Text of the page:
HS2 Ltd seeks to be an exemplar of equality, diversity and inclusion within our industry. That will mean HS2 being an agent for change in an industry which has traditionally been lopsided, but HS2 firmly believes that having a work force that is representative of the country that our new railway seeks to serve will help ensure we get the widest pool of talent to help us deliver this project brilliantly. We acknowledge that, unfortunately, it will take time to get to that point, but that is our clear goal.
Gender pay gap information illustrates the difference in ‘pay’ between all men and women in a workforce irrespective of the role or grade. This is different to equal pay, which measures the pay differences between men and women who carry out the same jobs, similar jobs or work of equal value.
Like much of the engineering sector, HS2 currently has a weighting of more senior men to women that manifests in a gender pay gap that is above the national average, but is broadly in line with the sector. We also conducted an Equal Pay audit which shows no systemic discrimination between men and women doing work of equal value. The equal pay audit was conducted by independent, external experts.
There is, therefore, more for our business to do, and more for our industry to do, but we are determined to lead the way and progress towards this goal will be discussed by the Executive on a quarterly basis.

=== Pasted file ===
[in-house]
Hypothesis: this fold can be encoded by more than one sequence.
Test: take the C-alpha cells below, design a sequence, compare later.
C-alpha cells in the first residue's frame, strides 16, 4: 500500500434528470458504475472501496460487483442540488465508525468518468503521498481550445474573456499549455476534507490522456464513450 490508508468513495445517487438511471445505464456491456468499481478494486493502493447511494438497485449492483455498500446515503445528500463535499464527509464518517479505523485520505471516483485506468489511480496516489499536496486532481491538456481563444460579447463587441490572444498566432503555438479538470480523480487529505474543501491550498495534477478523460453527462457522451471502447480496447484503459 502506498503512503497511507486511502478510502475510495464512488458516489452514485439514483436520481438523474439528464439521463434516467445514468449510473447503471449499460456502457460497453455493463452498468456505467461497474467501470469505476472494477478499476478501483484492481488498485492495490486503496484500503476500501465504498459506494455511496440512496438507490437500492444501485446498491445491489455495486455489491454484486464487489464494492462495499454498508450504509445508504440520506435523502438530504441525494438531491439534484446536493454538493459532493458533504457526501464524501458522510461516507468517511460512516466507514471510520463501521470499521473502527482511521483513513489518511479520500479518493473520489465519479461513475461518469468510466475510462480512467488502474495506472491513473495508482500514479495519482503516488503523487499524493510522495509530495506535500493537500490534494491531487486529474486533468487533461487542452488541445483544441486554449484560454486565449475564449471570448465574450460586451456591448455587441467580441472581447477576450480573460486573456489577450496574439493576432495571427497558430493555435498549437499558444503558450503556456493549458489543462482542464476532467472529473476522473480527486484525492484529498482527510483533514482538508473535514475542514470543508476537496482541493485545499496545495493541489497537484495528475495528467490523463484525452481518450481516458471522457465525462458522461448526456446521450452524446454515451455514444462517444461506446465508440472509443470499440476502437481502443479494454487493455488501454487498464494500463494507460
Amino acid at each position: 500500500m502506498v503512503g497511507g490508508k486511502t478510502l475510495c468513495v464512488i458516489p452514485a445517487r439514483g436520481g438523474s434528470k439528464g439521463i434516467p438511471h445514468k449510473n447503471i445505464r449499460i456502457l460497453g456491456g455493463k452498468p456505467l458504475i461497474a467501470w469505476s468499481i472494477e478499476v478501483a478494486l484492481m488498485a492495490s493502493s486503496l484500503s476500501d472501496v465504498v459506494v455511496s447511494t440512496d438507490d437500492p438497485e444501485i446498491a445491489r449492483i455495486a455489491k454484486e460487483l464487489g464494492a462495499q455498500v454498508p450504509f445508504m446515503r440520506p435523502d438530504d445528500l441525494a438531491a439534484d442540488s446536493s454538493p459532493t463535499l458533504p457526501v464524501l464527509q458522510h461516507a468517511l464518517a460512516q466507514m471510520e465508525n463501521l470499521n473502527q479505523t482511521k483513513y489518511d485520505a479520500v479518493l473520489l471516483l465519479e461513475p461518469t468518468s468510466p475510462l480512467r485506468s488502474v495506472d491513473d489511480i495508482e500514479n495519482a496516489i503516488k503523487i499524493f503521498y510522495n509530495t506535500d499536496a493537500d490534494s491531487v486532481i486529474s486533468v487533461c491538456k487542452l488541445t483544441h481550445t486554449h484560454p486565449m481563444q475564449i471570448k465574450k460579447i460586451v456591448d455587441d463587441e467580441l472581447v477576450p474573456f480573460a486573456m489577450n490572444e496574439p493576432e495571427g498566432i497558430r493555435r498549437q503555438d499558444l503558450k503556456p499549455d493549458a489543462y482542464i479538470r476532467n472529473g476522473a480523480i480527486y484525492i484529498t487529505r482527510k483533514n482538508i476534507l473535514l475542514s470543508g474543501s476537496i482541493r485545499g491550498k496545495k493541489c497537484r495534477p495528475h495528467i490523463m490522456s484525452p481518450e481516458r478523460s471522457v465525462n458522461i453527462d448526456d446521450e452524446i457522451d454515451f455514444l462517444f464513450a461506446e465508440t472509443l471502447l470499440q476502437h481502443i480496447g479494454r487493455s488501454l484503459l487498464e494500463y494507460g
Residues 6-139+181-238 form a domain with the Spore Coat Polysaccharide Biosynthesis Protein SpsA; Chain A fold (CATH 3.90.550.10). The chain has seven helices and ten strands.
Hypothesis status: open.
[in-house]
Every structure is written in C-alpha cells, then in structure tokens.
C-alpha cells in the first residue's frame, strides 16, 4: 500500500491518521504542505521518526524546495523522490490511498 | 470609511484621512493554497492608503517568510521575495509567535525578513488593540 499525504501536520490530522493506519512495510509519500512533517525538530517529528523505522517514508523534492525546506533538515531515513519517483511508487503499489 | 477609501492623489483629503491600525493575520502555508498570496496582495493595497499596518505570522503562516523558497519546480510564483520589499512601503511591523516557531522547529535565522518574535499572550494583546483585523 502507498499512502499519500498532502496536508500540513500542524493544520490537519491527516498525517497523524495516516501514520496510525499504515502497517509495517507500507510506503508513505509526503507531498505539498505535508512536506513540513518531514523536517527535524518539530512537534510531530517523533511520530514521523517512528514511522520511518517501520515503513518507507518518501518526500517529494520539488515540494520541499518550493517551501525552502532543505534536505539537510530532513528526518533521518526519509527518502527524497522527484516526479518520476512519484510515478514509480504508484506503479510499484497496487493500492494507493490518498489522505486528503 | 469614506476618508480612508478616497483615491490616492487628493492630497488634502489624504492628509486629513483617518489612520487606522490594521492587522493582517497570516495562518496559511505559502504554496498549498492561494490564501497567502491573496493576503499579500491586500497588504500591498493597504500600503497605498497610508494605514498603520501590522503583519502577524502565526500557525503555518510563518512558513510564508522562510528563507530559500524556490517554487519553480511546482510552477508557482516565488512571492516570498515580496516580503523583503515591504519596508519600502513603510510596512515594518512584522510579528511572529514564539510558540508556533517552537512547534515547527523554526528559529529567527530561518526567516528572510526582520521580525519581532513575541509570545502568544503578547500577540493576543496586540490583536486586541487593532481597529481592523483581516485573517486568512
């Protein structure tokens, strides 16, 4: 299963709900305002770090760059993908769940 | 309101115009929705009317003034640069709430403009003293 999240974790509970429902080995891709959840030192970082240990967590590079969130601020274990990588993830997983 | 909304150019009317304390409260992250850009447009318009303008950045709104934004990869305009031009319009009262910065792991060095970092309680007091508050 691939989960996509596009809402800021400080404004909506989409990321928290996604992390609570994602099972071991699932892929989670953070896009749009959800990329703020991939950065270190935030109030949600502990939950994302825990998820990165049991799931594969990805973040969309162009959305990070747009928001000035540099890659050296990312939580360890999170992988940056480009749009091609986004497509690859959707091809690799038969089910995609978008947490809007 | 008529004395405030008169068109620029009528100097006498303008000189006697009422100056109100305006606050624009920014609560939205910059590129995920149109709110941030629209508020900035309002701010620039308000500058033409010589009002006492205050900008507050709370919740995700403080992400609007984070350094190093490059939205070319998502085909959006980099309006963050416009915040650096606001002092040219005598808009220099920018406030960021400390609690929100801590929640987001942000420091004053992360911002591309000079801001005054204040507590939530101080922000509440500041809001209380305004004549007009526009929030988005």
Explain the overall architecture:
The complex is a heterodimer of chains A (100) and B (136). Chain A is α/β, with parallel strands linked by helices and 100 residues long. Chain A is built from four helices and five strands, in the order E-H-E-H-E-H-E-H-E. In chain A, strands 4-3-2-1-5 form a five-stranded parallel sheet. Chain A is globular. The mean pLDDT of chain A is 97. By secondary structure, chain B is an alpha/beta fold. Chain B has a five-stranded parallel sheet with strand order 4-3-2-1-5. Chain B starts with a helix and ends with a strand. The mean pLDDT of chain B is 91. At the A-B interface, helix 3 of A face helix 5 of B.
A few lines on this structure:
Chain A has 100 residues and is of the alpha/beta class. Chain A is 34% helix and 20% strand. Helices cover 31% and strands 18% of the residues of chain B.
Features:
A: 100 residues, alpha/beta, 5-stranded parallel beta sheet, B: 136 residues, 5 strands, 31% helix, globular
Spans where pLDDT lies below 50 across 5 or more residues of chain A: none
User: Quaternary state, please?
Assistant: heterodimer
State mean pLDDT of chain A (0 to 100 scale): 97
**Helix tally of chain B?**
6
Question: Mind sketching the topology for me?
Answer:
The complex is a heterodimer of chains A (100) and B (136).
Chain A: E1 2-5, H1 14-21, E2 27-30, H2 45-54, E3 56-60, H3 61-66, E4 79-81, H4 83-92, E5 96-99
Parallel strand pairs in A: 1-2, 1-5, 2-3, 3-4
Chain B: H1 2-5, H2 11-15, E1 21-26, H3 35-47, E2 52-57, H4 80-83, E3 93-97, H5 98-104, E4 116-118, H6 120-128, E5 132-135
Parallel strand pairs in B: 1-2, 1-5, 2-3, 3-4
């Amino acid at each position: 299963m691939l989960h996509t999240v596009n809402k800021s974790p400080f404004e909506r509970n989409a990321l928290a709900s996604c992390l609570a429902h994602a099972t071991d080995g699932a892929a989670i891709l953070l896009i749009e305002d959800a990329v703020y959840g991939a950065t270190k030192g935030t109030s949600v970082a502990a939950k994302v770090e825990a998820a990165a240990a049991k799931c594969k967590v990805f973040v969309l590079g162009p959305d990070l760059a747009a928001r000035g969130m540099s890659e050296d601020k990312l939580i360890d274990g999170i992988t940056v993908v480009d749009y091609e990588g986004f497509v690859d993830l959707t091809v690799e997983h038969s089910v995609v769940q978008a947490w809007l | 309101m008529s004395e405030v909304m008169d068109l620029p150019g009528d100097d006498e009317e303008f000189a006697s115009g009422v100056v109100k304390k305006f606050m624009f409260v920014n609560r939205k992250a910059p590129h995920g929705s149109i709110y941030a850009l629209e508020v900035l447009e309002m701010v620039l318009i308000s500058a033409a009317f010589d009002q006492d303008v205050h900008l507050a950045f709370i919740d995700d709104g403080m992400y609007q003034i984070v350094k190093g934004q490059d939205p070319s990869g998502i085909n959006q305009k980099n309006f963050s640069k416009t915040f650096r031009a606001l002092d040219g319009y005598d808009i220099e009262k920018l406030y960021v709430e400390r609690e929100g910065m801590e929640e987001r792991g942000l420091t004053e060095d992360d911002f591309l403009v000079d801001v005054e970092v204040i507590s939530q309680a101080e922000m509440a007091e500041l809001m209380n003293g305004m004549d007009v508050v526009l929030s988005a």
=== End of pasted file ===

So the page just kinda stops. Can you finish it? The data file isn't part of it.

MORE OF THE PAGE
HS2 Ltd is proactive in supporting all areas of equality, diversity and inclusion and have already taken a number of positive steps to improve the representation of women within HS2 and in senior leadership positions including working with our executive search agencies to review processes, undertake equality impact assessments of senior search campaigns and providing unconscious bias training.
Recently HS2 was considered in the Top 10 Employers for gender diversity practices. We have increased the representation of women at a senior level by 6% over the last 12 months and remain committed to continuous improvement, but we also remain acutely conscious that there remains much to do if we are to reverse the historic trends within the industry.
Gender pay gap analysis
Gender pay gap
Gender bonus gap
Proportion of employees receiving a bonus
Proportion of employees in each pay quartile
||Upper middle quartile
||Lower middle quartile